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When I first enter a new client’s home, I always prefer to see a more minimalist style. No need to go overboard with décor, decorations and knickknacks in this room, those are all just things that can potentially be pulled down, pulled out, pulled apart, broken or an attempt made to climb to reach if placed up high.
Remove heavy wall hangings or decor over crib or changing table.
The cords to baby monitors and all other cords for that matter (i.e. lamps, sound machines etc.) MUST be at least three feet away from the crib. This is so that baby doesn’t reach through the slats, grab the cord and pull it into the crib with her.
Secure dressers, TVs and even changing tables to prevent a tip-over injury. Yes, dressers can be pulled over. It may look heavy and sturdy but if little ones pulls out drawers and then begins to climb, the combination of the weight of open drawers with little one’s weight can easily change the center of gravity of ANY piece.
Overhead lighting is best. Floor lamps can be pulled over, table lamps can be easily knocked off a side table, both have cords that need to be considered.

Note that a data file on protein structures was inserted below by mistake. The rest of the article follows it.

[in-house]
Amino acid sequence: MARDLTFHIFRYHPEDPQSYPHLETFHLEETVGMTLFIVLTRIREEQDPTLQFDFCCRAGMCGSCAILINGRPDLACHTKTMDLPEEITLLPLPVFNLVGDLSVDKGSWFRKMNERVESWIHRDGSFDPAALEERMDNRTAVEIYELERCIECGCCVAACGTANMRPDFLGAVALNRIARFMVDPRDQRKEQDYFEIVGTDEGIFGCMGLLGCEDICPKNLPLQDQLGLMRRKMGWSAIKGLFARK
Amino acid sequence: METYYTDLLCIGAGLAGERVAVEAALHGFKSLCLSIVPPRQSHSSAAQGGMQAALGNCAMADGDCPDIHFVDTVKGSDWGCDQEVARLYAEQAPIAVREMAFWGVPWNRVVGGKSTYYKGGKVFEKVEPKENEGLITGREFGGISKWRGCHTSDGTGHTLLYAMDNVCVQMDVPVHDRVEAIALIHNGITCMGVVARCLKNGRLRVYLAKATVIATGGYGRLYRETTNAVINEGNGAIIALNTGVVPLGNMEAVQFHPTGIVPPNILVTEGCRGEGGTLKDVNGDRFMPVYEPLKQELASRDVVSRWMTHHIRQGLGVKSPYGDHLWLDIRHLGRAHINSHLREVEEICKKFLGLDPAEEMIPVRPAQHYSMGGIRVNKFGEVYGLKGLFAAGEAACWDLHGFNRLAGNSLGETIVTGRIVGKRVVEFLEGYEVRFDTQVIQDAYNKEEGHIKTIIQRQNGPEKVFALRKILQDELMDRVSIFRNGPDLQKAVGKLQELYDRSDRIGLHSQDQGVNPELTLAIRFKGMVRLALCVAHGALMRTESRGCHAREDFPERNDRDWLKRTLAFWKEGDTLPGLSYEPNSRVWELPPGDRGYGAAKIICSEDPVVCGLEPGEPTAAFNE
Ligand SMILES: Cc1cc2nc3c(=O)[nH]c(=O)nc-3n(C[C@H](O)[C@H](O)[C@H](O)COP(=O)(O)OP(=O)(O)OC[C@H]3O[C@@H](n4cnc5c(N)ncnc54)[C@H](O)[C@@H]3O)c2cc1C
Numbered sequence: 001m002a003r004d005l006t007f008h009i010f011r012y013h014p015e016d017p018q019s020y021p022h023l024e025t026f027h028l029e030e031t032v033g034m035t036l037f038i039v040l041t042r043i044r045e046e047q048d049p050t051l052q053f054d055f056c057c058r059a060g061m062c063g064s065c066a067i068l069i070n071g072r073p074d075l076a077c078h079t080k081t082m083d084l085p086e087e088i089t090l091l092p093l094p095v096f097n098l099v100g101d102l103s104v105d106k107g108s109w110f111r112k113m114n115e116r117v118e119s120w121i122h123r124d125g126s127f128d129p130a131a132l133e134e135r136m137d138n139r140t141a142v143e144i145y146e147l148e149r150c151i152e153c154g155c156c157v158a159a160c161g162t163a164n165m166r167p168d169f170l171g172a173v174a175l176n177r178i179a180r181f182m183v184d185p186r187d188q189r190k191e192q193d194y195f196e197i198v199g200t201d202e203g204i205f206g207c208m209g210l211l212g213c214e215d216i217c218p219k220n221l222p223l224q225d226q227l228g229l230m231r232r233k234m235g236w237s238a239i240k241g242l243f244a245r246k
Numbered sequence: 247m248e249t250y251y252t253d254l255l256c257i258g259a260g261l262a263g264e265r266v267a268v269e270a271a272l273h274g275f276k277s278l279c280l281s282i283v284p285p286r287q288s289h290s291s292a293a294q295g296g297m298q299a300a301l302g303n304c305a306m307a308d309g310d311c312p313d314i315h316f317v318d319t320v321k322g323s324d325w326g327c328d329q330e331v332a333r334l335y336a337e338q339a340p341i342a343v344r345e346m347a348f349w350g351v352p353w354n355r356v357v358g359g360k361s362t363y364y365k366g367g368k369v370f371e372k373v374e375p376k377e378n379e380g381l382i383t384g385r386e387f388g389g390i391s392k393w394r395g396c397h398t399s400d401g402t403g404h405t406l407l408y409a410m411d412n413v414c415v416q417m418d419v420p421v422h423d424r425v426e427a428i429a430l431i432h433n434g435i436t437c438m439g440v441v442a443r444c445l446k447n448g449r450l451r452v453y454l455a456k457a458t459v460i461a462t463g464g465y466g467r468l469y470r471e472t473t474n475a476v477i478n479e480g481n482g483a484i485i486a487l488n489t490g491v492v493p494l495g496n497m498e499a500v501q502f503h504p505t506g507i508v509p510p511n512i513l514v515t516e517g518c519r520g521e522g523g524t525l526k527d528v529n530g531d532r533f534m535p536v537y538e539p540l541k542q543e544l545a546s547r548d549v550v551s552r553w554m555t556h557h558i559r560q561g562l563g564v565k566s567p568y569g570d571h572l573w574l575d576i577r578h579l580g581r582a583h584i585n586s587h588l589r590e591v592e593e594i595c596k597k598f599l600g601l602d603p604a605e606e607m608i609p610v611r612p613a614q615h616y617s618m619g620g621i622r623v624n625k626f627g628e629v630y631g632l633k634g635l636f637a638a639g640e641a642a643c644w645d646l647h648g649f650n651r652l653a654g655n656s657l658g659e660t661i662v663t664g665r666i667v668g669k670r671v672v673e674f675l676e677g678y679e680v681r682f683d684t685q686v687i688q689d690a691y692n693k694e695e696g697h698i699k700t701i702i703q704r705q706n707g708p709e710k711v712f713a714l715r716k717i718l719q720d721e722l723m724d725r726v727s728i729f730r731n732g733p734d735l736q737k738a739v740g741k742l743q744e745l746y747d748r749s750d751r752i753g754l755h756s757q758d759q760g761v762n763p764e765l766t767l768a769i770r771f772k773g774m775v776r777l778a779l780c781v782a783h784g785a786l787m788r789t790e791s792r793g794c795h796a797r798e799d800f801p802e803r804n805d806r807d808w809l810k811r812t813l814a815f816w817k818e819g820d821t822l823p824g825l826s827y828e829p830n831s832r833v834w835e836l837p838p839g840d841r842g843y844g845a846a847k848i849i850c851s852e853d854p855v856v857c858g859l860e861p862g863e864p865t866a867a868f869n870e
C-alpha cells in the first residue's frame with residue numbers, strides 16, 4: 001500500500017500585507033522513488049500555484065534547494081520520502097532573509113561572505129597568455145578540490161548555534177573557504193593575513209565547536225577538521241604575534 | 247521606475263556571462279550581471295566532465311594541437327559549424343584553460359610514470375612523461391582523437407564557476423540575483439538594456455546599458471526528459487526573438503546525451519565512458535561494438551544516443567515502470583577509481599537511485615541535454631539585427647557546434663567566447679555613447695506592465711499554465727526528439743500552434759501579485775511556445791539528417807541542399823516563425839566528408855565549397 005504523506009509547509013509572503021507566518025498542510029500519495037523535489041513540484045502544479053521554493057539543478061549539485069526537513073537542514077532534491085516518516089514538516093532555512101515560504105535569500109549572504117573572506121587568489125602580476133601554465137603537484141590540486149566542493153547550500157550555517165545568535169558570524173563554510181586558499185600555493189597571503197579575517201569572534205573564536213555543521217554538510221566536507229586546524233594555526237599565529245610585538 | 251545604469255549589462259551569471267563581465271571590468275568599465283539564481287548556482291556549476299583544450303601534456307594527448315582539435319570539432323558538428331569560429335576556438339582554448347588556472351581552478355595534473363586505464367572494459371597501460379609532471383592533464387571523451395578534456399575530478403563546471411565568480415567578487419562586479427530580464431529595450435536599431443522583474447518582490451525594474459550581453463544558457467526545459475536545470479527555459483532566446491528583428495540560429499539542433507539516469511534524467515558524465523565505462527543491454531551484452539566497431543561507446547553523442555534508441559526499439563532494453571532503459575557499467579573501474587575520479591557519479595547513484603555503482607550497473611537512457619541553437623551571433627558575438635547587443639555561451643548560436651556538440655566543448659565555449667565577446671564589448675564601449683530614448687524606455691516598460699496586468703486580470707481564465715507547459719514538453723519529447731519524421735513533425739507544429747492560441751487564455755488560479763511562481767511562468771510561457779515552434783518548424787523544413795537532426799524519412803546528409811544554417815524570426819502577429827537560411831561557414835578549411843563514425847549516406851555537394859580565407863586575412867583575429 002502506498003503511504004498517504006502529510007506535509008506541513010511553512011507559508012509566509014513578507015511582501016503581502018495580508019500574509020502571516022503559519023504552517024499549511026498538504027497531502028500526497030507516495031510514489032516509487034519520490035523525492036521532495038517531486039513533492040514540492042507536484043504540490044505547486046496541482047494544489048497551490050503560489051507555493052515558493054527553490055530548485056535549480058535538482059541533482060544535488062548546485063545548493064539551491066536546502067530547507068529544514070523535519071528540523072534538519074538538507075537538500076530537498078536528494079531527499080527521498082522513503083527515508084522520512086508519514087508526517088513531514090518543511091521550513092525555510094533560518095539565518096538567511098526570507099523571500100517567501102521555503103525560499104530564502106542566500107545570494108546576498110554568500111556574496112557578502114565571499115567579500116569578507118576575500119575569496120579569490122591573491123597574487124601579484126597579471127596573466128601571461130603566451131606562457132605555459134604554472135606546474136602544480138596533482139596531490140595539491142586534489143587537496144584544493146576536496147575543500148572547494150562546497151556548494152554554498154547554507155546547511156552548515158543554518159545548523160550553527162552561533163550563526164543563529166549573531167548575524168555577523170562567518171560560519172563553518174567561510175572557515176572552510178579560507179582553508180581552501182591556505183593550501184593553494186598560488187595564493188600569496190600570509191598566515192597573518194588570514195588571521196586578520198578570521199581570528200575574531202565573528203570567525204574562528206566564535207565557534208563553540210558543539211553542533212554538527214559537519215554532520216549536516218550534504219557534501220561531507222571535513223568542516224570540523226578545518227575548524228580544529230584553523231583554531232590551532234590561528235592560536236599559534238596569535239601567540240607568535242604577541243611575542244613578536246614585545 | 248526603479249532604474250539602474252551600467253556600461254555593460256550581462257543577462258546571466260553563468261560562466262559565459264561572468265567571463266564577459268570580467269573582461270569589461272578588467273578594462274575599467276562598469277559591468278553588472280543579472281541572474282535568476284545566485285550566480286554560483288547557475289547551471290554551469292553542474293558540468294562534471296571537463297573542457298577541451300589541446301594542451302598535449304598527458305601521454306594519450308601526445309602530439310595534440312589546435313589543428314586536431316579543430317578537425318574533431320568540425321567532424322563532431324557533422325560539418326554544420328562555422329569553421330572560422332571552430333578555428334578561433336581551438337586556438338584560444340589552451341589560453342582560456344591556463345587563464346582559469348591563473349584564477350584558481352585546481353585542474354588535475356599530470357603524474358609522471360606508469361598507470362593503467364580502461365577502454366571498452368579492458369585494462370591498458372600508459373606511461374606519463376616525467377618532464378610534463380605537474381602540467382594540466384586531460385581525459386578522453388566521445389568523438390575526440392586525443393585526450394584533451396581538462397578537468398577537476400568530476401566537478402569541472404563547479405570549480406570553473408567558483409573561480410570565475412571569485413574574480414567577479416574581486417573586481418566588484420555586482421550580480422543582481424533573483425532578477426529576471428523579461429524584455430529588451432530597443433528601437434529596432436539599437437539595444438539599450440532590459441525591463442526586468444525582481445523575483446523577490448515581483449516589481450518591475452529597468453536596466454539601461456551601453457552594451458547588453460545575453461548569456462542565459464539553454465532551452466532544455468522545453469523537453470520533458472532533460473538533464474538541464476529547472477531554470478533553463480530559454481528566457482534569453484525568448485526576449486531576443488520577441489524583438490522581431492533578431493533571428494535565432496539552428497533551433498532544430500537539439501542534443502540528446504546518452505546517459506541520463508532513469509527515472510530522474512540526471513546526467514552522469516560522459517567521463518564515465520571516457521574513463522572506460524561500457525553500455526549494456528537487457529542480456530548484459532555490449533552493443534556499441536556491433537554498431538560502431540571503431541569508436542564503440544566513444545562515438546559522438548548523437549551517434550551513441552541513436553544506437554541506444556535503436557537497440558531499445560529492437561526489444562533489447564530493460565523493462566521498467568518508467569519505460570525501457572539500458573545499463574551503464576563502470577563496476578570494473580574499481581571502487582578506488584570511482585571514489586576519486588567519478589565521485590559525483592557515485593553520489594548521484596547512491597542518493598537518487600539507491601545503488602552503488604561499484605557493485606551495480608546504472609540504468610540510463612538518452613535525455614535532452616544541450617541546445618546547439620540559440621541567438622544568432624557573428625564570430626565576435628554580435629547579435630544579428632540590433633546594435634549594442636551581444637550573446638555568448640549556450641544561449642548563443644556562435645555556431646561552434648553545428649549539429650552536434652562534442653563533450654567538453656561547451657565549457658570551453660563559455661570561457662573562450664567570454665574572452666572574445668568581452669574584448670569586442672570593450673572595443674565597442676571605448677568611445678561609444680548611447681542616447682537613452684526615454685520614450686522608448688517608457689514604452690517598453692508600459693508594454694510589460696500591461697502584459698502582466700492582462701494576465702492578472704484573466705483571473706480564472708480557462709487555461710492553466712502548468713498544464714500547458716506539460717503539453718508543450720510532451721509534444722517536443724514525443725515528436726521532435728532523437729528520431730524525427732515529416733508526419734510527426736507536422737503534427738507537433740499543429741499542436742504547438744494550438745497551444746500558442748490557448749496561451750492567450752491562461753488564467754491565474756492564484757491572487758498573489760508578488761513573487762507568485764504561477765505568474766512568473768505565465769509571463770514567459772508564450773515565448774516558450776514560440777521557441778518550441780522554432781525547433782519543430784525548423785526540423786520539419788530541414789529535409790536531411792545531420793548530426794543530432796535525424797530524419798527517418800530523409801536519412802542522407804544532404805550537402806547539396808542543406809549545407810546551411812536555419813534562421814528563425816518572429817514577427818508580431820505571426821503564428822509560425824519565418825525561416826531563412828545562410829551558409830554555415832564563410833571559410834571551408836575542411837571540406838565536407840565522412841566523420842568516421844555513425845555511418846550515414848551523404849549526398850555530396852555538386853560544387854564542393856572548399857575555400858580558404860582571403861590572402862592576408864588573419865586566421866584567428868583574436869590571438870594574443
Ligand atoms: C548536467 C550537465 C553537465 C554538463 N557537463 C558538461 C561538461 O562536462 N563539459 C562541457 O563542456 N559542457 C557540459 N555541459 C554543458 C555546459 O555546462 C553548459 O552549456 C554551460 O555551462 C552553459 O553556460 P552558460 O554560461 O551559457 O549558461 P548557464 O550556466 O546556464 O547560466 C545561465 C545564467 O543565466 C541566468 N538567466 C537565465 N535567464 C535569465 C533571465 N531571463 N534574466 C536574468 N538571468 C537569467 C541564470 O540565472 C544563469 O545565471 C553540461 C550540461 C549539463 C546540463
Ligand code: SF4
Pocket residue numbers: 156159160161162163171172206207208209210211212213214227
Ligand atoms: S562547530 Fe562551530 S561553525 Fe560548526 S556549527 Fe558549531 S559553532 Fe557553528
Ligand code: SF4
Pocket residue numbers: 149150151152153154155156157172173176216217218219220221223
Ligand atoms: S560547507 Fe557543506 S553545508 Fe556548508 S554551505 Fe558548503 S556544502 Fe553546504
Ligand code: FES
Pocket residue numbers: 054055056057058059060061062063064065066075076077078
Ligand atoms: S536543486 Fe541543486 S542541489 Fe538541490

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American Academy of Pediatrics discourages the use of crib bumpers. Remove crib mobile prior to when little one can pull to standing.
Keep cribs and beds away from windows. This ensures that cribs are away from window coverings & their cords and helps prevent toddlers from climbing near windows. Cordless window treatments and blinds are best.
Furniture should not be placed adjacent to a crib as it could provide a foothold for climbing or it could become an entrapment if a child climbs out of the crib.
Gliders with moving slats can be a hazard for little fingers or unstable for a little one learning to pull up. Little chairs, tables step stools can be used by a toddler to try to reach hazardous items up on a shelf and may be unstable when they try to stand on them.
Transition baby to a toddler bed BEFORE they learn to climb out. Reevaluate the room again for new hazards at this time.